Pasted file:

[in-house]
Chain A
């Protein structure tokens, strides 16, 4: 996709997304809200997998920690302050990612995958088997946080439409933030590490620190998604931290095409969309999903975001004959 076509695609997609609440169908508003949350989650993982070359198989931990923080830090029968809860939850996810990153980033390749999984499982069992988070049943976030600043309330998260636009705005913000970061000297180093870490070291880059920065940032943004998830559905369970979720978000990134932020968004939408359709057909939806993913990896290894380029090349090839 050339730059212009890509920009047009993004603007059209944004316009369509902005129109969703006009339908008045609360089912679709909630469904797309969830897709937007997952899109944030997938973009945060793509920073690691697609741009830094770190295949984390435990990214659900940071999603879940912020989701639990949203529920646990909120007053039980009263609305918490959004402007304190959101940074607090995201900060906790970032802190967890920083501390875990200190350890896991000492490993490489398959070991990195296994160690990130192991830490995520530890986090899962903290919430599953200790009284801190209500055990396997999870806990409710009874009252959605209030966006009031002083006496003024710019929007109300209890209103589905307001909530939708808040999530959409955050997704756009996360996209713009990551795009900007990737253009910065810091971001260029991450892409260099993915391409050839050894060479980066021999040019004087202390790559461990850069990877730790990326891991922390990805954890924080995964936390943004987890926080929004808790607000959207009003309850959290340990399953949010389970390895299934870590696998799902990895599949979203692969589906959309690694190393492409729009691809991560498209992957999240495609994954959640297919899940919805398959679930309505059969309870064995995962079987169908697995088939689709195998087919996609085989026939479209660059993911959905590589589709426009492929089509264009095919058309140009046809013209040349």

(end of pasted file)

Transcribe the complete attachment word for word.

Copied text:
[in-house]
Chain A
């Protein structure tokens, strides 16, 4: 996709997304809200997998920690302050990612995958088997946080439409933030590490620190998604931290095409969309999903975001004959 076509695609997609609440169908508003949350989650993982070359198989931990923080830090029968809860939850996810990153980033390749999984499982069992988070049943976030600043309330998260636009705005913000970061000297180093870490070291880059920065940032943004998830559905369970979720978000990134932020968004939408359709057909939806993913990896290894380029090349090839 050339730059212009890509920009047009993004603007059209944004316009369509902005129109969703006009339908008045609360089912679709909630469904797309969830897709937007997952899109944030997938973009945060793509920073690691697609741009830094770190295949984390435990990214659900940071999603879940912020989701639990949203529920646990909120007053039980009263609305918490959004402007304190959101940074607090995201900060906790970032802190967890920083501390875990200190350890896991000492490993490489398959070991990195296994160690990130192991830490995520530890986090899962903290919430599953200790009284801190209500055990396997999870806990409710009874009252959605209030966006009031002083006496003024710019929007109300209890209103589905307001909530939708808040999530959409955050997704756009996360996209713009990551795009900007990737253009910065810091971001260029991450892409260099993915391409050839050894060479980066021999040019004087202390790559461990850069990877730790990326891991922390990805954890924080995964936390943004987890926080929004808790607000959207009003309850959290340990399953949010389970390895299934870590696998799902990895599949979203692969589906959309690694190393492409729009691809991560498209992957999240495609994954959640297919899940919805398959679930309505059969309870064995995962079987169908697995088939689709195998087919996609085989026939479209660059993911959905590589589709426009492929089509264009095919058309140009046809013209040349």